Sam Clayden 26 May 2016

Council chiefs fearful of service failures in next three years

Council chiefs fearful of service failures in next three years image

More than half of council chief executives (56%) said the fear facing financial crisis within the next year, a new survey has revealed.

PwC’s annual Local State We’re In survey revealed that only 13% of chief executives felt they could maintain delivery of essential services until the end of this Parliament under the burden of austerity.

The consultancy firm also warned of ‘devolution fatigue’ after the survey revealed optimism about the sector grasping more powers from Whitehall had waned from 33% to just 20% since the general election last year.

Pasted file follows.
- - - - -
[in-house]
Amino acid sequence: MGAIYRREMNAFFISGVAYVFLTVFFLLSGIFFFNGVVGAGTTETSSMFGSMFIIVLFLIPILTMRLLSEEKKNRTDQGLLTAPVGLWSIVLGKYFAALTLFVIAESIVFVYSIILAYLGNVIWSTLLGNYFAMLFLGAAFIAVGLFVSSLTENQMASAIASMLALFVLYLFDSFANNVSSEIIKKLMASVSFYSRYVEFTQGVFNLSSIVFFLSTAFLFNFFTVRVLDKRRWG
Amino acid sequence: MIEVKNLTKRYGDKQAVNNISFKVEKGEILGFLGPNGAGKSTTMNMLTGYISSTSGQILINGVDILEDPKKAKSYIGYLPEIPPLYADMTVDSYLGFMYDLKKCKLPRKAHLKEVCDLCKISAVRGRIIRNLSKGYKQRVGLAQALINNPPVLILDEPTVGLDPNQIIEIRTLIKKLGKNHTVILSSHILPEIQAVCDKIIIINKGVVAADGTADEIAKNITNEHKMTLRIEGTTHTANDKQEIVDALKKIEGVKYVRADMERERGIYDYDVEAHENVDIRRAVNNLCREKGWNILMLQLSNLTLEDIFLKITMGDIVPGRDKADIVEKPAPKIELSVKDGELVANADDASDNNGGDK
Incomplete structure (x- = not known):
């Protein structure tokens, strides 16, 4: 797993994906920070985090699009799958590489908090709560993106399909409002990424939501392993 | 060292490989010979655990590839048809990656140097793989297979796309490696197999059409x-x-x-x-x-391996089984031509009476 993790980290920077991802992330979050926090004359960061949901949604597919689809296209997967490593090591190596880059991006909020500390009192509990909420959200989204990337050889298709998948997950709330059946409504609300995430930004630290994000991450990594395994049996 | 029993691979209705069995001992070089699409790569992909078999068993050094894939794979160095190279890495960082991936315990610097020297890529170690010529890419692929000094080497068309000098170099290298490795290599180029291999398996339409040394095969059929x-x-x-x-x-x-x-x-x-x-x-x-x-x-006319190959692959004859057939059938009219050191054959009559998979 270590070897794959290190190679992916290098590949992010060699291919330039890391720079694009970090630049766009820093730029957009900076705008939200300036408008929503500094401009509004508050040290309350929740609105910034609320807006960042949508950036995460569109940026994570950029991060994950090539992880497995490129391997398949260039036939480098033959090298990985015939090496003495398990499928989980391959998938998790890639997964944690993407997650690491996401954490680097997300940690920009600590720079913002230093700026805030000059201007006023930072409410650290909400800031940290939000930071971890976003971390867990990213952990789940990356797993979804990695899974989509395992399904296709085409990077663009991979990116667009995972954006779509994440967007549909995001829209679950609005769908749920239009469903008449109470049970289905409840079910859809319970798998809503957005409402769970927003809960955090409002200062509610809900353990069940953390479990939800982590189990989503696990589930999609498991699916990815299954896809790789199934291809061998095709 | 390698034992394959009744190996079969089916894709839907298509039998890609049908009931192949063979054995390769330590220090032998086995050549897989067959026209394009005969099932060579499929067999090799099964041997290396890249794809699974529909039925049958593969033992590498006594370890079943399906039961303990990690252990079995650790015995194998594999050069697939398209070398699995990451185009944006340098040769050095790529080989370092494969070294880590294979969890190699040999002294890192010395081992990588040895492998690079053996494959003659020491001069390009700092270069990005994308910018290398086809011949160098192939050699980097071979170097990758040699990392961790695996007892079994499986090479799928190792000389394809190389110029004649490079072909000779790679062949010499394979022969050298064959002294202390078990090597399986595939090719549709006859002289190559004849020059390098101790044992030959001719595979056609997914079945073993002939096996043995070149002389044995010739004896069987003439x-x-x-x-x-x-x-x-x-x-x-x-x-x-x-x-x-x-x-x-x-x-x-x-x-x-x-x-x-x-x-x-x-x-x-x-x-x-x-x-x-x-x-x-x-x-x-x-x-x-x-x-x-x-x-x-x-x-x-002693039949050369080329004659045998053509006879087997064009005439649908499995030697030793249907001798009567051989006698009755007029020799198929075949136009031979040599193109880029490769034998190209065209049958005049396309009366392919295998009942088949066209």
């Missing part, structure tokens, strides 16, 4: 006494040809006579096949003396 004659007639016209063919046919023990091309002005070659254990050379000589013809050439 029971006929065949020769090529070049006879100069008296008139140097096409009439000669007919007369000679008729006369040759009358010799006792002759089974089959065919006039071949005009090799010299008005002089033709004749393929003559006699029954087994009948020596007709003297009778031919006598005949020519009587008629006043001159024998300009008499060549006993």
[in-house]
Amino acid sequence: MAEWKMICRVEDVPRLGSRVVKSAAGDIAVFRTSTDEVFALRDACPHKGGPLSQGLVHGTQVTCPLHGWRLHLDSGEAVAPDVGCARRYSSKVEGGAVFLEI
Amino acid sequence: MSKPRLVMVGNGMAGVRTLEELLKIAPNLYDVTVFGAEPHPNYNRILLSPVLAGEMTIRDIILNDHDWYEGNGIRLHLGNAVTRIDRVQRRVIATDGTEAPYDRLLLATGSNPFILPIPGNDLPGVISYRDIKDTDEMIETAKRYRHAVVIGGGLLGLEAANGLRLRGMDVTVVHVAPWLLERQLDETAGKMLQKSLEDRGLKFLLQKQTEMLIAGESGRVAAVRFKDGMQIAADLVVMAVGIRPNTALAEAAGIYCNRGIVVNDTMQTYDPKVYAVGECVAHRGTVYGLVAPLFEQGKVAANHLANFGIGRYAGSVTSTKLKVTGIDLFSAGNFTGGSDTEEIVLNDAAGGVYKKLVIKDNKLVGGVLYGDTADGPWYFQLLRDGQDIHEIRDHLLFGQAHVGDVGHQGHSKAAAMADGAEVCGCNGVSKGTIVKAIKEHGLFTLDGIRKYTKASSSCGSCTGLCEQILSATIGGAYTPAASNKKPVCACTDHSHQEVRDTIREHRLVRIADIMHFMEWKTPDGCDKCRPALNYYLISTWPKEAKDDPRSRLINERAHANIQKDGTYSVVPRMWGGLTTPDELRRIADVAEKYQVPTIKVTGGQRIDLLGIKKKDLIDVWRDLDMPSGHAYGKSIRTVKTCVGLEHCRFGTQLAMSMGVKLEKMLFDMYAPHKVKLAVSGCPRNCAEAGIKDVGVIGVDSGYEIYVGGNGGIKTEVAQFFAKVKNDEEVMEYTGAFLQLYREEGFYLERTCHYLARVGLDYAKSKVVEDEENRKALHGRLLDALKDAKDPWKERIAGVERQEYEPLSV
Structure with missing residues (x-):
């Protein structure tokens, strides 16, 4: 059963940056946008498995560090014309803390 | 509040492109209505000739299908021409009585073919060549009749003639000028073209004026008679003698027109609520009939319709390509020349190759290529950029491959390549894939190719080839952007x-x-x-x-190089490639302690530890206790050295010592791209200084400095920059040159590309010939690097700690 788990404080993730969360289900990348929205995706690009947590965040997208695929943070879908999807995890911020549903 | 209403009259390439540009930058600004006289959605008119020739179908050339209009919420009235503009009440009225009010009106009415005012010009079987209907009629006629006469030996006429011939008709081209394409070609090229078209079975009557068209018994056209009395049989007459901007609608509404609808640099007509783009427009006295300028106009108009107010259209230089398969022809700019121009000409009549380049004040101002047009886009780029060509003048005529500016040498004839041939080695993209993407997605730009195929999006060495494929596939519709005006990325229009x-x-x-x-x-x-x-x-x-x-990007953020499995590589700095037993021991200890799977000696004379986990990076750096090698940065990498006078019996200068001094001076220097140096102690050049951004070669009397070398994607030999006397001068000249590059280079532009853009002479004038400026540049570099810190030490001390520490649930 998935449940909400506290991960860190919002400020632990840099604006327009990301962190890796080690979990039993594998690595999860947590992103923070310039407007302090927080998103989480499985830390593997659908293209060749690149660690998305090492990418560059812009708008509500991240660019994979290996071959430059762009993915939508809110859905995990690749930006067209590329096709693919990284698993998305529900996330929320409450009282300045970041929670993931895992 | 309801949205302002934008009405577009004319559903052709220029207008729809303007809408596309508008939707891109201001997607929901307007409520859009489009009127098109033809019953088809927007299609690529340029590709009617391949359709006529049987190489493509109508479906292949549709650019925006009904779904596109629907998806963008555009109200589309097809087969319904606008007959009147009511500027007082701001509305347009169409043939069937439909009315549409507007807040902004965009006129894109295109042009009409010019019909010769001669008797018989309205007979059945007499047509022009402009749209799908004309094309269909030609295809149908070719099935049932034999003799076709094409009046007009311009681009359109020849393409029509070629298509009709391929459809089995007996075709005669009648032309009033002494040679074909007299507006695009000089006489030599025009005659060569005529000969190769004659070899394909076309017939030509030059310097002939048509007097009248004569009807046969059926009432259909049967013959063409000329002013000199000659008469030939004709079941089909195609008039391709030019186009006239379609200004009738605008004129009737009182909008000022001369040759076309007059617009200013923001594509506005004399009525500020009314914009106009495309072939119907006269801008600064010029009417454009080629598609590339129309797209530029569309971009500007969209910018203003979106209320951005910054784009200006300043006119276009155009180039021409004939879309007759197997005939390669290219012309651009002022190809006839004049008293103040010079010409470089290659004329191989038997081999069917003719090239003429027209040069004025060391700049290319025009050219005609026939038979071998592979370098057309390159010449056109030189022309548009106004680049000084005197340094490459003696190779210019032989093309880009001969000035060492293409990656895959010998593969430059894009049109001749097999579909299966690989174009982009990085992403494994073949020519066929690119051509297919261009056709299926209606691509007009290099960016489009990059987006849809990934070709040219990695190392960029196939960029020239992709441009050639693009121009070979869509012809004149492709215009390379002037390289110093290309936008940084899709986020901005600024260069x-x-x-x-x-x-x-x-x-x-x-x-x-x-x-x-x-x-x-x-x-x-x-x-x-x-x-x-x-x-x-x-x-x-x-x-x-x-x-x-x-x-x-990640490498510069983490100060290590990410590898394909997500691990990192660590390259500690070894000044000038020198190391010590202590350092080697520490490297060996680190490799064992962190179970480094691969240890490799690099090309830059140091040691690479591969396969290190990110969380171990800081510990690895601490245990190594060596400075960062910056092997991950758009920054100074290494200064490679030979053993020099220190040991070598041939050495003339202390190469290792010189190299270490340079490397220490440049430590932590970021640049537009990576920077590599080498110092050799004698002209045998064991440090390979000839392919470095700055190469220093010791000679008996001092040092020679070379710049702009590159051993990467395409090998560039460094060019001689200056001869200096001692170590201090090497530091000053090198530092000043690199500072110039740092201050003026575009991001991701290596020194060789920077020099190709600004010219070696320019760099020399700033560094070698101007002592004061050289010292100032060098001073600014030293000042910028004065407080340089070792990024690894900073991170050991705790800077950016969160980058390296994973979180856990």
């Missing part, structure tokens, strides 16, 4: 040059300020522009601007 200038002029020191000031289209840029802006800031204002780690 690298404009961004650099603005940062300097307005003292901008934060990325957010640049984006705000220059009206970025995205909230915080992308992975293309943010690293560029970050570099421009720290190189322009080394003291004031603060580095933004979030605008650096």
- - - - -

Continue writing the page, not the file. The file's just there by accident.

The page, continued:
Although seven in 10 believed they would be part of a combined authority by 2020, just over one in three thought it would have an elected mayor.

The survey revealed almost all (94%) chief executives and leaders thought devolution of skills was essential. However, there was a gap between ambition and capacity, with just three-quarters believing they could actually deliver a devolved skills agenda.

Jonathan House, PwC’s local government partner for the north, warned that if councils took a passive approach to integration then any structural changes would be directed by the health sector.

The vast majority of chiefs felt further integration of health and social care would have a positive impact on outcomes and 60% said devolution was a part of their integration strategy.

However, a mere third believed integration would deliver savings for their authority.

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